Connecting with Wake Up has been a profound experience – it is a community that I found immediately supportive or my practice, and myself. This has facilitated the permeation of my practice from beyond the cushion and the zendo into my social life and personal relationships, in ways it never has before.
In the months that I have been involved with Wake Up Bellingham, I have witnessed the birth of many friendships and the blossoming of a powerfully interconnected sangha. Our meetings (historically biweekly, but recently changed to weekly!) offer us not just a place to sit together, but to really be ourselves, and to share ourselves fully with the group – our hopes, joys, sorrows, fears, disappointments, triumphs, questions, or discovered wisdoms.
What strikes me is how deeply personal and honest our dharma sharings can be. I think this is both a product of and a reason for the closeness of our sangha.
This is also reinforced by post-gathering potlucks and other social events, including two backpacking trips this summer.
Building a social sangha is also influential to our practice because we can support each other in bringing mindfulness into our everyday experience. This was especially the case when we froze, wet, atop an unexpectedly cold mountaintop while backpacking together this August!”
Shannon Bachtel, 23, is a graduate from Western, and now works to help connect low-income families with fresh, healthy, and local food in Skagit County.
“In my life there have been moments of love and moments of intense heartbreak, moments of bliss and moments of despair. In these moments of profound joy and sorrow I struggled to be in the present moment; to be aware and accepting of my emotions and the conditions around me.
Less than a year ago I was introduced to the practice and found my niche within the Wake Up Bellingham Sangha. I am grateful for my sangha, my family, for their constant and unwavering love.
It is because of them that I felt drawn to attend the Wake up retreat at Mountain Lamp, a sanctuary to water the seeds of positive change. The retreat was a platform to explore the interconnection of creativity and spirituality, and provided opportunity for nourishment and healing of the mind, body, and soul.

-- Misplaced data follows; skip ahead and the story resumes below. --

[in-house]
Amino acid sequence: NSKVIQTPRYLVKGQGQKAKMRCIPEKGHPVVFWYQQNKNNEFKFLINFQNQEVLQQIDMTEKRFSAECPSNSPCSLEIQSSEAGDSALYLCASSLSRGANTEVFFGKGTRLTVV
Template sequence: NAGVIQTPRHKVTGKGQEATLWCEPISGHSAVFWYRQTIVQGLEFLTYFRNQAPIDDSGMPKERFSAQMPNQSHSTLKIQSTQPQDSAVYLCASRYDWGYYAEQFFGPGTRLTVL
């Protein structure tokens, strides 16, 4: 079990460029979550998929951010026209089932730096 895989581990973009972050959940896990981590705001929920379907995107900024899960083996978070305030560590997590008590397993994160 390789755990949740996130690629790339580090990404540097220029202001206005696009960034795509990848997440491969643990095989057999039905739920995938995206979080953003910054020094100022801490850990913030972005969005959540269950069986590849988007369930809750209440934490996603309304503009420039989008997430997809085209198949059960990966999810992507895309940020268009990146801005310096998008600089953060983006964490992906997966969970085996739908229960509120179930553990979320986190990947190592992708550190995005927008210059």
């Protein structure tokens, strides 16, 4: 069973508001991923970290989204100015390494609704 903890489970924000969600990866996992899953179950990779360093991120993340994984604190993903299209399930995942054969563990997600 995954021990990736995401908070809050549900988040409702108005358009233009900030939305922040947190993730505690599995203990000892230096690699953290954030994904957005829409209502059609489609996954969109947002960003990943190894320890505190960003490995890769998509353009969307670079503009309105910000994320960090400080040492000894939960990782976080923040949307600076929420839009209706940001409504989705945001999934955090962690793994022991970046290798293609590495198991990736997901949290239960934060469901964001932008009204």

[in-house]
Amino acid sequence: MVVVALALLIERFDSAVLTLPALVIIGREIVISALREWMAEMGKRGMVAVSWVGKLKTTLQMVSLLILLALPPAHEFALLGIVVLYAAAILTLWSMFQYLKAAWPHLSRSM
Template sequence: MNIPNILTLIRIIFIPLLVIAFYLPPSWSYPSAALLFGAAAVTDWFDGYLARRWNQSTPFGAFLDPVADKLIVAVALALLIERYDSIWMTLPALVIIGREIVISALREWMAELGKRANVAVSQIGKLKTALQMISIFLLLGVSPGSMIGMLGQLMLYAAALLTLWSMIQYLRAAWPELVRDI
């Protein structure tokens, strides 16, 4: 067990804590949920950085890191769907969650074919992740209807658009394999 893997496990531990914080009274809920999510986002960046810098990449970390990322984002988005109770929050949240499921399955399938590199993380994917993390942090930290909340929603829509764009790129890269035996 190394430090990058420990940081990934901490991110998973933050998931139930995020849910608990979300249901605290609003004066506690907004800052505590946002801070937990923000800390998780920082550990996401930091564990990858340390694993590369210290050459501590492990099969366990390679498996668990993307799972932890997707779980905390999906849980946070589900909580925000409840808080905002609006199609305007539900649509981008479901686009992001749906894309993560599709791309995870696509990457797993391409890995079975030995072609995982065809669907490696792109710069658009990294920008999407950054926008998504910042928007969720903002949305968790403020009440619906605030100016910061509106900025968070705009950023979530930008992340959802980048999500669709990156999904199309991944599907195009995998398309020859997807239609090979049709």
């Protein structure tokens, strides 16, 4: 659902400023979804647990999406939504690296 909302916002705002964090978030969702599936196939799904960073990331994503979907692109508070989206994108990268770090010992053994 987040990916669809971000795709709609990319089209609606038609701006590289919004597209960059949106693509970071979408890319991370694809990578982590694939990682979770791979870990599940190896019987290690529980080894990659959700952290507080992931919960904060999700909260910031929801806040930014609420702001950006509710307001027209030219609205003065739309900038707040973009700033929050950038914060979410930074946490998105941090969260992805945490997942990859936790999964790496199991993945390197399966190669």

I met beings of infinite love, light and compassion, who accepted me without judgment, and always greeted me with gentle smiling eyes. It was such a blessing to have an opportunity to practice within a larger sangha, to share this incredible love for our life and our ancestors, and to feel their support as I received three of the five mindfulness trainings. (Formerly stated as precepts, the mindfulness trainings are concrete aspirations to practice mindfulness in the heart of our daily life).
Since the retreat I have felt a transformation happening deep within me; I feel more emotionally intertwined with my Bellingham Sangha, I am finding the will to be softer to myself, and I am once again opening my eyes to see the beauty all around me. Because of my Wake Up Sangha and the retreat, I am learning to listen to and to trust the truth within me. My meaning and purpose in life is becoming clearer and I am repaving the path to self-care; a path that involves loving others as well as myself. I give thanks infinitely.”
As young adults, most of us want to explore ever-greater depths of peace, compassion, and love for ourselves and others, and to express our deepest ideals in community, where our aspirations can firmly take root in our lives. And as young adults, we also really want to have fun, lots of fun. We want to take advantage of the joys, passion, and adventure that life has to offer us.
This is where Wake Up is born – where meditation and mindfulness meet fun and creativity! How do they come together? Come join us and bring your meditation cushion, a frisbee, your dancing shoes, some chocolate to share, or a backpack for hiking, and we’ll show you!
We are planning another Wake Up Retreat in summer 2016, more mindful backpacking adventures, and whatever our collective creativity inspires next year together. We are very receptive to each other’s ideas and enthusiasm to strengthen our practice and deepen our friendships.
Wake Up Bellingham meets weekly, and Wake Up Seattle meets first Fridays of every month. We warmly welcome young adults, aged 18-35-ish, to join us! For more information please contact David Viafora at email@example.com.